Overall Rating Bronze - expired
Overall Score 35.20
Liaison Laura Miller
Submission Date Aug. 1, 2019
Executive Letter Download

STARS v2.1

University of New Haven
PA-4: Diversity and Equity Coordination

Status Score Responsible Party
Complete 1.33 / 2.00 Ric Baker
Senior Associate Dean of Students
Dean of Students Office
"---" indicates that no data was submitted for this field

Does the institution have a diversity and equity committee, office, and/or officer tasked to advise on and implement policies, programs, and trainings related to diversity, equity, inclusion and human rights on campus?:

Does the committee, office and/or officer focus on students, employees, or both?:
Both students and employees

A brief description of the diversity and equity committee, office and/or officer, including purview and activities:

The University of New Haven has a diversity and equity committee, the IDEA Council (Inclusion, Diversity, Equity and Access Council). The council is made up of students, staff, and faculty. The IDEA council’s mission is to provide strategic advice and recommendations to the President and campus community based on observations, reports, and monitoring campus perceptions surrounding diversity and inclusion at the University of New Haven. Recently, the council reorganized itself to focus on three key objectives – increase recruitment of under-represented students, faculty, and staff, increase retention of under-represented students, faculty, and staff, and better promote the work of the council to the campus community.

In addition, the University of New Haven has a student-run organization called the Campus Climate Coalition. The Campus Climate Coalition's goal is to address concerns around the interaction between students, faculty and staff of different backgrounds. Since it’s inception in 2015, the Coalition presented the University President with recommendations for changes to improve the overall campus culture. These include; the creation of a student center for diversity and inclusion, diversity and inclusion trainings for Resident Assistants and Academic Peer Mentors, an increase in departmental involvement in the planning processes for a cultural themed month (i.e. Spanish Heritage Month), ensuring that Identity Studies courses become a requirement in the University’s core curriculum, and an improvement to the University’s Bias Incident Report system.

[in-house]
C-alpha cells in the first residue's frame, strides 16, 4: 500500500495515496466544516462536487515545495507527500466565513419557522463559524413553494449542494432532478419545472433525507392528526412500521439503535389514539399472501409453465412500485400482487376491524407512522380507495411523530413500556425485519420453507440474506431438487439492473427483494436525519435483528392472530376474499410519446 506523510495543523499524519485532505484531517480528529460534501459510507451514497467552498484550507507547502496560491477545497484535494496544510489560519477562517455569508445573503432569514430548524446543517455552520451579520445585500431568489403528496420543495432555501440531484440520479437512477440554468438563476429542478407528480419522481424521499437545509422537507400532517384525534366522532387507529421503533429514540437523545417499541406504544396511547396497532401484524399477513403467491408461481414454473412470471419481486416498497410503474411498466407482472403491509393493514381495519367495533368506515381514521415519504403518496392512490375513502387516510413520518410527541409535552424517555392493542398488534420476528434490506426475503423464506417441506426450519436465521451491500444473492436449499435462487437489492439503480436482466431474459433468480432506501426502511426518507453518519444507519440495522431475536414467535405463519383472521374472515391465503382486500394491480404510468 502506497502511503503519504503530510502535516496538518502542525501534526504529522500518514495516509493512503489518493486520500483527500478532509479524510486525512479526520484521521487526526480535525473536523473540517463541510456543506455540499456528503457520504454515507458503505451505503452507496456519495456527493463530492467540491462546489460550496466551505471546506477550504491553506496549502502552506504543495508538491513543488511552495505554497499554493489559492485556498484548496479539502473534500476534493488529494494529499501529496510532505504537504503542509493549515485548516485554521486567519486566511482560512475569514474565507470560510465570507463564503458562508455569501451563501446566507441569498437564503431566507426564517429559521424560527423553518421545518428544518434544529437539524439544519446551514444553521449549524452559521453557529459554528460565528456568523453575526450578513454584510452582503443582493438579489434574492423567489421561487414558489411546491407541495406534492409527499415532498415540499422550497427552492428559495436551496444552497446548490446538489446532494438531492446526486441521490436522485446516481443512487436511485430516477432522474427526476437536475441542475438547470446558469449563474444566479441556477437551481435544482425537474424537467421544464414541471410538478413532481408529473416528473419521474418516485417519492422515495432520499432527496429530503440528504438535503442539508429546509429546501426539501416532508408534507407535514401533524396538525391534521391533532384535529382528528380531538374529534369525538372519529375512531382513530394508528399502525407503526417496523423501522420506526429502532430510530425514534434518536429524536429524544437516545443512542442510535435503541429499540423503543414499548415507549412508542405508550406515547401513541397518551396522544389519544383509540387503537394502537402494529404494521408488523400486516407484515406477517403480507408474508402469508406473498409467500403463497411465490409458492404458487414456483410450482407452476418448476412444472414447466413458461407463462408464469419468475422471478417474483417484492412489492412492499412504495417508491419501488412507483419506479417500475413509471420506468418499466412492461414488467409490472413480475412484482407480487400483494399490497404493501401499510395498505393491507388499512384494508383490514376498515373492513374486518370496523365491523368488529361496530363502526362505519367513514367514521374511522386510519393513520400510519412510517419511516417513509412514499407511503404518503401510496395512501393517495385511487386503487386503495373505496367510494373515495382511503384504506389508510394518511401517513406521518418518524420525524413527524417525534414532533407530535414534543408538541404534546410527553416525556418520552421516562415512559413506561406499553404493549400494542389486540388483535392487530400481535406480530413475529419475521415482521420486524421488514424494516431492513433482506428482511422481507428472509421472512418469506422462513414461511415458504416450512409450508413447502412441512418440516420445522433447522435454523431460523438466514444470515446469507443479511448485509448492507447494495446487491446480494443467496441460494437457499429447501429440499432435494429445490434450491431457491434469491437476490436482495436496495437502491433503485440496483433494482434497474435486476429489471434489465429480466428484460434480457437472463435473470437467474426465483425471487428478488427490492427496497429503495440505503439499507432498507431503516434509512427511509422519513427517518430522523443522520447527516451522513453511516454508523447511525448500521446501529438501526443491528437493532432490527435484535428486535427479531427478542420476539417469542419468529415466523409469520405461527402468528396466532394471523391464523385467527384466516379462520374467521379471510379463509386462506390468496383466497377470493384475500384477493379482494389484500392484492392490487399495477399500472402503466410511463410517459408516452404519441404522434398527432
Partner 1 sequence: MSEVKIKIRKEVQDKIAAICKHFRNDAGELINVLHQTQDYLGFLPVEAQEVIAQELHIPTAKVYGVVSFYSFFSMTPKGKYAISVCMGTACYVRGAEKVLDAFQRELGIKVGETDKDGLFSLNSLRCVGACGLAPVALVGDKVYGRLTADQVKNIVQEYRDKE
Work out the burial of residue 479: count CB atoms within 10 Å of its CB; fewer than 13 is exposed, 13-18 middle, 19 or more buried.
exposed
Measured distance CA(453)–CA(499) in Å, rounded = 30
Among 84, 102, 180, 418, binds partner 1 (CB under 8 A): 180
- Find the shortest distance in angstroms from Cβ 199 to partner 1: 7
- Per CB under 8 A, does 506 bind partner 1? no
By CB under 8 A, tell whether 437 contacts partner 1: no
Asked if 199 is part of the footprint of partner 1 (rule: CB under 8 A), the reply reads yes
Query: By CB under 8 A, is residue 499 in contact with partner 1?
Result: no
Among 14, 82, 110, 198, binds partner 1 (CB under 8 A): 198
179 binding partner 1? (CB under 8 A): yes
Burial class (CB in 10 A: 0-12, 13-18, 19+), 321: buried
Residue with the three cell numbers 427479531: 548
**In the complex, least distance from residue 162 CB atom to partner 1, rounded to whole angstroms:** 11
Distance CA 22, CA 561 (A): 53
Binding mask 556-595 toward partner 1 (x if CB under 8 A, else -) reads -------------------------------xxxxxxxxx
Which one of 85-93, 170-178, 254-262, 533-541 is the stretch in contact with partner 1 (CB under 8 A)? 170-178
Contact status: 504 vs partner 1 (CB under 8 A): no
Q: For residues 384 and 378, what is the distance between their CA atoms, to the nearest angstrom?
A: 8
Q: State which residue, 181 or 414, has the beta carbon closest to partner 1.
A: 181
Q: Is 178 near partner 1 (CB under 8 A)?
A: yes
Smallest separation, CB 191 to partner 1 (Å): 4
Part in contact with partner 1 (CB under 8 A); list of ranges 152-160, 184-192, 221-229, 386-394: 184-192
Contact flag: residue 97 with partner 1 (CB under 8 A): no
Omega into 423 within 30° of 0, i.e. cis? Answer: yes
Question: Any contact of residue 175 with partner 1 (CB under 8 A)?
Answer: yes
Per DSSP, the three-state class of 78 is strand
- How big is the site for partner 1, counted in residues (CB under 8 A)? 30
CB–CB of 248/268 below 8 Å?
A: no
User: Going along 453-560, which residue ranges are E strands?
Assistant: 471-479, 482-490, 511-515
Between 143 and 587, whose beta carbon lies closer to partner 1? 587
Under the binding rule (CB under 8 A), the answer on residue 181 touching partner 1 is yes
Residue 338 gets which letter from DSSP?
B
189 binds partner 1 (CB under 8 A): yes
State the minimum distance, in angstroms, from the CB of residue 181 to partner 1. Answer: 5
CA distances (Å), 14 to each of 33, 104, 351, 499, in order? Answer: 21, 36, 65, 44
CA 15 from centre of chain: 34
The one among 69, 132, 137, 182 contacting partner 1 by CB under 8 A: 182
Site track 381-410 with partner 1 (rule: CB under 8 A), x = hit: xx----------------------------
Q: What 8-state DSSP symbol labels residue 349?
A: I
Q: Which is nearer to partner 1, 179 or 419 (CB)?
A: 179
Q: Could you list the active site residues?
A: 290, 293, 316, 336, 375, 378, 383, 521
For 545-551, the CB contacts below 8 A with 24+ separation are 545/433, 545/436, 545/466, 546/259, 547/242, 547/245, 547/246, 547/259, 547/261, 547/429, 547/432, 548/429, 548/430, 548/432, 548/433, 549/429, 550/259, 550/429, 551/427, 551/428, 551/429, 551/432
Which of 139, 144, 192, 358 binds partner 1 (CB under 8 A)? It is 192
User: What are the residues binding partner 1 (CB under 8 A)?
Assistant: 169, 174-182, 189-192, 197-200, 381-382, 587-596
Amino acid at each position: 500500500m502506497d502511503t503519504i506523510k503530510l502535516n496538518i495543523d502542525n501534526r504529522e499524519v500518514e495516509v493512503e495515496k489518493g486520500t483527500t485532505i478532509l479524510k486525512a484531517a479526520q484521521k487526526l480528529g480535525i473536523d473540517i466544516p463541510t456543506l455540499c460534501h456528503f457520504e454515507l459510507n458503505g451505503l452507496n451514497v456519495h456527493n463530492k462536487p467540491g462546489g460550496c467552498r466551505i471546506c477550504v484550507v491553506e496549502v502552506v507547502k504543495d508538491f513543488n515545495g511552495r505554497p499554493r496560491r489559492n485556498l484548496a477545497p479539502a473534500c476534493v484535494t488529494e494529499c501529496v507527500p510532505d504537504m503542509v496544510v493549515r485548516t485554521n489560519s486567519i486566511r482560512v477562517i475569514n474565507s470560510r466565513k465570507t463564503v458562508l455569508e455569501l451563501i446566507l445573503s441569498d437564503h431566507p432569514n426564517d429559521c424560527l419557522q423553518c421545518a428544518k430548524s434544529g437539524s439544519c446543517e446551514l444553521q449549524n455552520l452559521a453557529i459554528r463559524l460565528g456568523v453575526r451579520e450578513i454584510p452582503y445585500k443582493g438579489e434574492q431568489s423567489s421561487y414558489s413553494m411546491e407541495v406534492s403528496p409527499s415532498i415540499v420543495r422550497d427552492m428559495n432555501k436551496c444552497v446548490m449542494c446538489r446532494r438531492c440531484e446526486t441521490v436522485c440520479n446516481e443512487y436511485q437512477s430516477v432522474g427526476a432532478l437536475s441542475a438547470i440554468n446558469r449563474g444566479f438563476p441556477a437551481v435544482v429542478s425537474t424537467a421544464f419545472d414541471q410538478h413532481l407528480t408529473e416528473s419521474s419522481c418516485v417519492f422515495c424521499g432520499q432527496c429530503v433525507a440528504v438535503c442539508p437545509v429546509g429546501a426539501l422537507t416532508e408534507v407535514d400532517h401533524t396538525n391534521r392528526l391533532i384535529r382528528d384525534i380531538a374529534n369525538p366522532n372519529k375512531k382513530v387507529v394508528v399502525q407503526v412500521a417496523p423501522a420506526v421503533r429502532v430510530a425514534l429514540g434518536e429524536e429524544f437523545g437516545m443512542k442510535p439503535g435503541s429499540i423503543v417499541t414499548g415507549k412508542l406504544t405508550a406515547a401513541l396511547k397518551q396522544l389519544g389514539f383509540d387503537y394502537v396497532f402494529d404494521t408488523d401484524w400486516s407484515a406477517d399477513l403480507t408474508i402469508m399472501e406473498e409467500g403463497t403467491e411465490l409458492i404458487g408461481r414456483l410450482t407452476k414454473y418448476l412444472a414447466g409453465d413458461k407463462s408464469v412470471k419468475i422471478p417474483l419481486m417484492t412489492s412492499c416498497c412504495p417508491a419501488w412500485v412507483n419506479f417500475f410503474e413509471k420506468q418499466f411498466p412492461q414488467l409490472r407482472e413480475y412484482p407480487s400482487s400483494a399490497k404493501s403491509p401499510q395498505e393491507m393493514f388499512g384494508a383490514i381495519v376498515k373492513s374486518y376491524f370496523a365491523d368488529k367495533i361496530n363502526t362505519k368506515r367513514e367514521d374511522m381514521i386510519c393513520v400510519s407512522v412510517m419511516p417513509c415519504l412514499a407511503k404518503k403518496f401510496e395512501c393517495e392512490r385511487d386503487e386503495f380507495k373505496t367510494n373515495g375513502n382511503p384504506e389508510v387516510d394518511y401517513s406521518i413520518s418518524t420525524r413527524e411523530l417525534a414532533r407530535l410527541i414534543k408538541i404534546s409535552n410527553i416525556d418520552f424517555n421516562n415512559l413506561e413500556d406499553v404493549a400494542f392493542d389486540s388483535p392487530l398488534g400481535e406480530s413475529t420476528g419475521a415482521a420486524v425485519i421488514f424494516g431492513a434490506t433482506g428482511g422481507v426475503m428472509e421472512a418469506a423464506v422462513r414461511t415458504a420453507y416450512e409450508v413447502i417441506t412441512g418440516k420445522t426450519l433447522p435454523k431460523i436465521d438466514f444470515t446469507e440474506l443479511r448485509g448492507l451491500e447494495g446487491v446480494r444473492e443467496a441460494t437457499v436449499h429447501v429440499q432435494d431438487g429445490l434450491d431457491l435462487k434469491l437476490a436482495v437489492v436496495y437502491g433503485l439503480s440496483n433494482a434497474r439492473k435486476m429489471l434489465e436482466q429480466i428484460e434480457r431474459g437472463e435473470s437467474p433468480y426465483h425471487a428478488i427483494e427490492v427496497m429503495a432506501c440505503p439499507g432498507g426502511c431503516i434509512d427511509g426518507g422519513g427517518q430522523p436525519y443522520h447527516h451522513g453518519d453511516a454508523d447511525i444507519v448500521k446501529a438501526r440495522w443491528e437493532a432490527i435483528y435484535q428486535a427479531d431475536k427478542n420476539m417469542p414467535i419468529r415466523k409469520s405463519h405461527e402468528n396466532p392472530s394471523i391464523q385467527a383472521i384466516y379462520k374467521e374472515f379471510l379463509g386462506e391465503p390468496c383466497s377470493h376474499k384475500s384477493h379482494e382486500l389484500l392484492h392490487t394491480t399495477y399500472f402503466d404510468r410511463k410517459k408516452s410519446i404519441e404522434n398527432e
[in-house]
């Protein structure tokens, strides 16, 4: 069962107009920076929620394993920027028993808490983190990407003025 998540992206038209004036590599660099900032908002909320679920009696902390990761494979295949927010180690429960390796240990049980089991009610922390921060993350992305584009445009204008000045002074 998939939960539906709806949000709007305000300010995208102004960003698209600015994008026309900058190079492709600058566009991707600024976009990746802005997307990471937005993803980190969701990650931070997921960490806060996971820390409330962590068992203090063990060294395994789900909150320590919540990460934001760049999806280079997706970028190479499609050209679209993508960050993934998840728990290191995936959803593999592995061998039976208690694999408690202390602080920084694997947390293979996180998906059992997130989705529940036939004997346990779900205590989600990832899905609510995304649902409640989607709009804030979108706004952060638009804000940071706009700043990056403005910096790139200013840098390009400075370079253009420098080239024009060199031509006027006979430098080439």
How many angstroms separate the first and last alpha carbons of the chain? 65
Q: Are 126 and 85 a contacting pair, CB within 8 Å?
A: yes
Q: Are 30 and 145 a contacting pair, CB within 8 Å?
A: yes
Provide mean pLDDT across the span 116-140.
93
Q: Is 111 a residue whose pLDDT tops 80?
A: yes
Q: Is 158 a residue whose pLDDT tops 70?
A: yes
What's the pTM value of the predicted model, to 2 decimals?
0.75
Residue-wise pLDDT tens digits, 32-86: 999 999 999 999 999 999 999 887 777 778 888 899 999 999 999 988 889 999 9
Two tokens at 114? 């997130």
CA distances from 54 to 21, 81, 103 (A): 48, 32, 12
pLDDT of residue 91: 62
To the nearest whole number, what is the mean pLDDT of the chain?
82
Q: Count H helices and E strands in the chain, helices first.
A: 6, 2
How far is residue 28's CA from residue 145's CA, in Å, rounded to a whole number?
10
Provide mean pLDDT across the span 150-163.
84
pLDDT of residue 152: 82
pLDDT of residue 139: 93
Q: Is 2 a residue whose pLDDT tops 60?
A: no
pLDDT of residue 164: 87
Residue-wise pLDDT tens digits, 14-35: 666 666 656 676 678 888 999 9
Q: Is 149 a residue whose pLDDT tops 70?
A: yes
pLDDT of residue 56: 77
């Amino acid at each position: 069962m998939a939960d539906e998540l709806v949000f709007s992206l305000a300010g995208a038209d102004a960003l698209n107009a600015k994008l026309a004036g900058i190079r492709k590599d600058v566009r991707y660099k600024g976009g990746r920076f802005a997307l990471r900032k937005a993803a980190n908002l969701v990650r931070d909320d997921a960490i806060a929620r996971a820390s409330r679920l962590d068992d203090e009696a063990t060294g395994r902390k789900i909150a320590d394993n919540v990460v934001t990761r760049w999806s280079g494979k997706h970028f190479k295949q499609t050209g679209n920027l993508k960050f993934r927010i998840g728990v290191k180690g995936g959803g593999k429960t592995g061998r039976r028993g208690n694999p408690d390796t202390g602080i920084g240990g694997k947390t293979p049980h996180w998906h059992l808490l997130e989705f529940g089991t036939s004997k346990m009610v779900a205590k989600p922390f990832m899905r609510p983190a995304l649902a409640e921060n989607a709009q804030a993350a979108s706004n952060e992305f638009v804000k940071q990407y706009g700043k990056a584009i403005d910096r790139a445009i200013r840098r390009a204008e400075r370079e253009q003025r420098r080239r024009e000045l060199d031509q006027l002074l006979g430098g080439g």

Estimated proportion of students that has participated in cultural competence trainings and activities (All, Most, Some, or None):

Estimated proportion of staff (including administrators) that has participated in cultural competence trainings and activities (All, Most, Some, or None):

Estimated proportion of faculty that has participated in cultural competence trainings and activities (All, Most, Some, or None):

A brief description of the institution’s cultural competence trainings and activities for each of the groups identified above:

University of No Hate Workshop Series:
This workshop series is designed to create awareness, understanding, and interaction between diverse individuals and groups to foster a more inclusive environment at the University of New Haven.